Several years ago, a young woman I knew attempted suicide. She was 23 years old and away from home. Her frightened, concerned family rushed to her side. They brought her home, got her the best medical and psychiatric attention available, and, most importantly, rallied around her, trying in every way to bring her out of suicidal depression.
They weren’t successful. Two months later, she killed herself. She had descended into a place into which no human love, medicine, or psychiatry could penetrate, a private hell beyond human reach.
What hope do we have in situation like this?
Humanly there isn’t any. Outside of faith, she is lost to us and we are helpless to reach her. But, inside of faith, there is hope, surprising hope.
We have a doctrine within our faith, which to my mind, is singularly the most consoling belief in all religion, namely, the belief that Christ can descend into hell.
One version of our creed tells us that Jesus “descended into hell”,? What does this mean?
We are not always sure. There are various traditions as to its meaning: In one version, perhaps the most common, the idea is that the sin of Adam and Eve closed the gates of heaven and they remained sealed until the death of Jesus. Jesus’ death opened them and Jesus, himself, in the time between his death and resurrection, descended into hell (Sheol, the Underworld) where all the souls who had died since the time of Adam somehow rested. He took them all to heaven. His “descending into hell”, in this version of things, refers to his going into the underworld after his death to rescue those souls.
But there is another understanding. It suggests that Jesus’ descent into hell refers especially to the manner of his death, to the depth of chaos and darkness he had to endure there, and to how the depth of love, trust, and forgiveness he revealed inside that darkness manifests a love that can penetrate into any hell that can be created. That’s rather abstract to be sure, so allow me an illustration:
In St. Paul’s Cathedral in London, England, there is a famous painting by Holman Hunt that has inspired numerous, less worthy, imitations. It is a painting which depicts Jesus outside a door with lantern, and the picture suggests that we, who are inside that door, must open the door to allow Jesus in, otherwise he will always remain outside. In some of the imitations of that painting, the artists have taken things further, namely, they have placed a knob on the inside of the door, but none on the outside, suggesting that Jesus cannot enter our lives unless we open the door to let him in.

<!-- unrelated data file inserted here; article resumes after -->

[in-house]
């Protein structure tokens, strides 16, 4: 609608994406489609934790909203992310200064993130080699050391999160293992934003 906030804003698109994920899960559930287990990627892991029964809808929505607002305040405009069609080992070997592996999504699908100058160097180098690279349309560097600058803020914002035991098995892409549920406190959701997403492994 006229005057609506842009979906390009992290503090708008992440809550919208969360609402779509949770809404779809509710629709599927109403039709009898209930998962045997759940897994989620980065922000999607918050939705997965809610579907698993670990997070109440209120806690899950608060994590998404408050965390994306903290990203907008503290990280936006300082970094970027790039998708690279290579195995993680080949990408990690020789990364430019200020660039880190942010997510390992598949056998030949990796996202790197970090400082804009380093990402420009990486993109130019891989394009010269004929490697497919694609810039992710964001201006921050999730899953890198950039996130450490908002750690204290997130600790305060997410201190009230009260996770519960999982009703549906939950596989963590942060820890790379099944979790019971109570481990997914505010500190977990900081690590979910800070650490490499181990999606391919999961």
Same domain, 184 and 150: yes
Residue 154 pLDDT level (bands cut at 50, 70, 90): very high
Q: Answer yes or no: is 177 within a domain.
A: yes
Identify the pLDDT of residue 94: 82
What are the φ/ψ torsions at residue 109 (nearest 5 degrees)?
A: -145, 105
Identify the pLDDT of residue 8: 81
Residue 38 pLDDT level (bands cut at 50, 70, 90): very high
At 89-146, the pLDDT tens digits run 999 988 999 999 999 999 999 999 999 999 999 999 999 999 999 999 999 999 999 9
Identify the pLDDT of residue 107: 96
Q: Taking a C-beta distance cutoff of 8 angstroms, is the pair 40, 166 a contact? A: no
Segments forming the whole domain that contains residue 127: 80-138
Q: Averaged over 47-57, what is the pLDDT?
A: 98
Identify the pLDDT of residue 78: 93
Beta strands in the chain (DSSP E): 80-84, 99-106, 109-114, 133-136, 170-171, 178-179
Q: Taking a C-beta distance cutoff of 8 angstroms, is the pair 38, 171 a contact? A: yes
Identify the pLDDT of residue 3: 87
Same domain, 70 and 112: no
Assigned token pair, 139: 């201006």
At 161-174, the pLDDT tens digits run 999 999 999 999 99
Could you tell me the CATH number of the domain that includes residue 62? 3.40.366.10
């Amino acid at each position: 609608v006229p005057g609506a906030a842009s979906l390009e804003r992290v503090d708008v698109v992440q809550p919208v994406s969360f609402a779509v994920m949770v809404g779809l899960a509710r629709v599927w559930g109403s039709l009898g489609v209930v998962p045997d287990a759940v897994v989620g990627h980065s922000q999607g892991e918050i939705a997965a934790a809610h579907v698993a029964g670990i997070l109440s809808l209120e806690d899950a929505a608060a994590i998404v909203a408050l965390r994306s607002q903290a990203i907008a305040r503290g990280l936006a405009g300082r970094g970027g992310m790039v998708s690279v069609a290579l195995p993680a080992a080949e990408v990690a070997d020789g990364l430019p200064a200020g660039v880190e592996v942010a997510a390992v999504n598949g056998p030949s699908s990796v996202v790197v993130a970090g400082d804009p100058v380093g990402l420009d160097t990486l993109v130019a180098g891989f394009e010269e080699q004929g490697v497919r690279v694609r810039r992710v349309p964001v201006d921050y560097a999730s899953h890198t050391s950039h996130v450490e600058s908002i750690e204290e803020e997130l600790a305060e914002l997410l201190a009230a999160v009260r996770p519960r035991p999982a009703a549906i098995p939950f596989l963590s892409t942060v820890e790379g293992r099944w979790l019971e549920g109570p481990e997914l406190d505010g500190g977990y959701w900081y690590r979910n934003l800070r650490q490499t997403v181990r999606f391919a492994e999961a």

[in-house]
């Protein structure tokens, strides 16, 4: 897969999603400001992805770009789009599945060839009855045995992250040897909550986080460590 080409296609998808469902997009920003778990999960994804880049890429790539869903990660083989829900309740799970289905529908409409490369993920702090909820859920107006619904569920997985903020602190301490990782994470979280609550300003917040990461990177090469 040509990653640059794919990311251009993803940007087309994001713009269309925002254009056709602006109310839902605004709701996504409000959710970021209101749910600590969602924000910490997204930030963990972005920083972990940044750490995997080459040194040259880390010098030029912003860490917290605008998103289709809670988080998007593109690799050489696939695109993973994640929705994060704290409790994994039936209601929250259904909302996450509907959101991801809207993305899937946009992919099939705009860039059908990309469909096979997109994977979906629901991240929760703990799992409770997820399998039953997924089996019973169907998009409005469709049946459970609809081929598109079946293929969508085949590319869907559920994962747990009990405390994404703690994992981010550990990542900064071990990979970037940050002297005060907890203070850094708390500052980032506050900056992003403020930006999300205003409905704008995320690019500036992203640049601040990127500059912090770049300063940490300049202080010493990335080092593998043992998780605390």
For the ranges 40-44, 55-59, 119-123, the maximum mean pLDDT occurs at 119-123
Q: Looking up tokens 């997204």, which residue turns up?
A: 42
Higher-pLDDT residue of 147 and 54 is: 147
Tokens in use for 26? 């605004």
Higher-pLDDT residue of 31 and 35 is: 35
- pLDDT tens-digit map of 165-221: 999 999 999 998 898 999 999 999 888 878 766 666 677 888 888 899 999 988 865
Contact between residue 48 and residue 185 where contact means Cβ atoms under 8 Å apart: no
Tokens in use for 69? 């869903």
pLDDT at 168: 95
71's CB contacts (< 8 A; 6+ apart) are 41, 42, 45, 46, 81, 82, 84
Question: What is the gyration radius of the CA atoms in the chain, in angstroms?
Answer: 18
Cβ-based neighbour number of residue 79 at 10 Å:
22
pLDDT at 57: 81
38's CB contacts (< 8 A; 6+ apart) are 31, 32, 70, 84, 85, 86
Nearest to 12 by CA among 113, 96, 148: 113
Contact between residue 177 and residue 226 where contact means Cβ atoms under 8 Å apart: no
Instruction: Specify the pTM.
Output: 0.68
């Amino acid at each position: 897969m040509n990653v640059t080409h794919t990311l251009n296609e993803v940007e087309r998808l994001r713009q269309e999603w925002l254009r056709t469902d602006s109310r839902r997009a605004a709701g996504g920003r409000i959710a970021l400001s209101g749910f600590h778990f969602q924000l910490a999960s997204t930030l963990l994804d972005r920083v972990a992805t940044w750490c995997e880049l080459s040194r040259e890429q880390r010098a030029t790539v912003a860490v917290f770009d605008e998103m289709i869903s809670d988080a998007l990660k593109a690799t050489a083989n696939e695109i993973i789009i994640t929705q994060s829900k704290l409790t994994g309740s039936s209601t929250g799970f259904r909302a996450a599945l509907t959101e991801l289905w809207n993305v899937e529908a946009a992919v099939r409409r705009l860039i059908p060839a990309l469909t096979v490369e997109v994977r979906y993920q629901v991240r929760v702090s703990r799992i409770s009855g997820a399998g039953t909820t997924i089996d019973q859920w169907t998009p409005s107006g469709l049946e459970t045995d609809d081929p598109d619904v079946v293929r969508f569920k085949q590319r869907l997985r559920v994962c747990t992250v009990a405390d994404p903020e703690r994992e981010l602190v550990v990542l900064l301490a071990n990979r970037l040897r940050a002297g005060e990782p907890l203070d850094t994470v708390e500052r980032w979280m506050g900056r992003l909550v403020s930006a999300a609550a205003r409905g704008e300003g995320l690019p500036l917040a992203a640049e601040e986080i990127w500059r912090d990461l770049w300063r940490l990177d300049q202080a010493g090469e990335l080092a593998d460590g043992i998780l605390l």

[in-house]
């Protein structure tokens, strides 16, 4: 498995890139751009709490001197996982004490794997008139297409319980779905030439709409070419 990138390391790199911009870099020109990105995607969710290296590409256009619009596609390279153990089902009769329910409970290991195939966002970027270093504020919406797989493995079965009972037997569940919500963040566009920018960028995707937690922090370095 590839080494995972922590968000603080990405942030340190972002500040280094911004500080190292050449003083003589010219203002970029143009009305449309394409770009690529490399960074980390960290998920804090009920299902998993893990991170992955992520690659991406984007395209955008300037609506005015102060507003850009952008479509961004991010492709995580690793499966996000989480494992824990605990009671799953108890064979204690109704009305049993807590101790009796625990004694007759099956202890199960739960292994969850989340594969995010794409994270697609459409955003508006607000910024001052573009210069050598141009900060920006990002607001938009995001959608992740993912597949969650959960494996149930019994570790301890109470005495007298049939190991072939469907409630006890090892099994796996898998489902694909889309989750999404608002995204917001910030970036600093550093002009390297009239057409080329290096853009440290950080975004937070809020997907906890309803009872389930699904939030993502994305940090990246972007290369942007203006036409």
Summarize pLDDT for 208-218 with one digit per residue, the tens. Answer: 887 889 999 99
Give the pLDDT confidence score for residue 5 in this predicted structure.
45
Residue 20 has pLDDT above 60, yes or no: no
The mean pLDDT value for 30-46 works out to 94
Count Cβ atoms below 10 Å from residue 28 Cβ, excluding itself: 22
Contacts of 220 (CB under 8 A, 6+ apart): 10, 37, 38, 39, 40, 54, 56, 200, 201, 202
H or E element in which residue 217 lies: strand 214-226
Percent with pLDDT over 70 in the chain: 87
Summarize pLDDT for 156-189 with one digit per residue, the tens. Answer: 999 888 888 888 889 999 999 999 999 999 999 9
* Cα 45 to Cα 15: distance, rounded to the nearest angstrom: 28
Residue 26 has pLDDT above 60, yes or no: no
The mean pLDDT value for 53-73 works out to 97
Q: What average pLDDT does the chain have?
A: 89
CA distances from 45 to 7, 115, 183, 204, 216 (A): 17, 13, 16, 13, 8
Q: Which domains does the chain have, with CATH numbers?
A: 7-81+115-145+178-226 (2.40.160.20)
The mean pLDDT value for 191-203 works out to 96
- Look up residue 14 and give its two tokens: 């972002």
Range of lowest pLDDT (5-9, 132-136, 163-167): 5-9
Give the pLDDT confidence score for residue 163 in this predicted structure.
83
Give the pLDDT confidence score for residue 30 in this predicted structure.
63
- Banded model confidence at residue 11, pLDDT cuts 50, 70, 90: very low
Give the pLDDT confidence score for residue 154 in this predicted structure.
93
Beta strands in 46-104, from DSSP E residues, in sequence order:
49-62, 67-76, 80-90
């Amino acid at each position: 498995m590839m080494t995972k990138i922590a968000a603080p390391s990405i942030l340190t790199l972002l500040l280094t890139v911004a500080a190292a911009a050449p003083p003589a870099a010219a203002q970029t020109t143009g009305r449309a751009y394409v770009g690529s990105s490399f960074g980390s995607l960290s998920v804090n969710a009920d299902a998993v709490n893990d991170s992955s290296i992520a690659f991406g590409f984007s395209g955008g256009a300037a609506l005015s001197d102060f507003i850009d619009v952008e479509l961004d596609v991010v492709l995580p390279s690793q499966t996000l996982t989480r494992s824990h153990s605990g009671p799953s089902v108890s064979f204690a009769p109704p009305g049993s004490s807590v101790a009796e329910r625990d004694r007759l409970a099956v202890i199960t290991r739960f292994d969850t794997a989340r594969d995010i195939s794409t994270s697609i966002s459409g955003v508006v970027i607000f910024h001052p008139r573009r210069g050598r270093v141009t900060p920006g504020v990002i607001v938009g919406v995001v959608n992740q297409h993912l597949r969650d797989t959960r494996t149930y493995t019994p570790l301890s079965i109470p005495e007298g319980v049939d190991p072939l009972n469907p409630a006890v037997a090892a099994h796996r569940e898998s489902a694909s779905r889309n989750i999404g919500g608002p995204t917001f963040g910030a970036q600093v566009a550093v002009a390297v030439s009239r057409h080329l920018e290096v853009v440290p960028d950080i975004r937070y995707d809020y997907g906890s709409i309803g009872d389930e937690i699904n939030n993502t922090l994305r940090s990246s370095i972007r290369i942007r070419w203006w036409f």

I remember as a child, seeing this image on a holy card, and being haunted by it, fearing precisely that one day I might be too hurt, depressed, or otherwise paralysed to open that door.
But, powerful as this image is, it is belied by the gospels. How?
John, in his gospel, gives us this picture: On the day Jesus rose from the dead, he finds his disciples huddled in fear inside a locked room.Jesus, unlike the imitation versions of Holman Hunt’s great painting, does not stand outside the door and knock, waiting for the disciples to come and open the door. He goes right through the locked doors, stands inside their huddled circle of fear, and breathes out peace to them. He isn’t helpless to enter when they are too frightened, depressed, and wounded to open the door for him. He can descend into their hell by going through the doors they have locked out of fear.
That is also true for the various private hells into which we sometimes descend. We can reach a point in our lives where others can no longer reach into our pain and where we are too wounded, frightened, and paralysed to open the door to let anyone in. Human care can no longer reach us. But Jesus can enter those locked doors, can descend into our hell.
I am sure that when the young woman, whose suicide I mention, woke up on the other side, she found Jesus standing inside her fear and sickness, breathing out peace, love, and forgiveness, just as he did in the darkness and chaos that he descended into in his death. I am sure too that she, sensitive young woman that she was, found in his ordering, forgiving breath a peace that was, for all kinds of reasons, denied her in this life.
Our belief that Jesus did, and can, “descend into hell” is the single most consoling doctrine within all religion. It gives us hope when, humanly, there isn’t any. Sometimes, because of illness and hurt, someone we love can descend into a place where we, no matter our love and effort, can no longer reach. But not all is lost: Jesus can descend into that hell and, even there, breathe out a peace that again orders the chaos.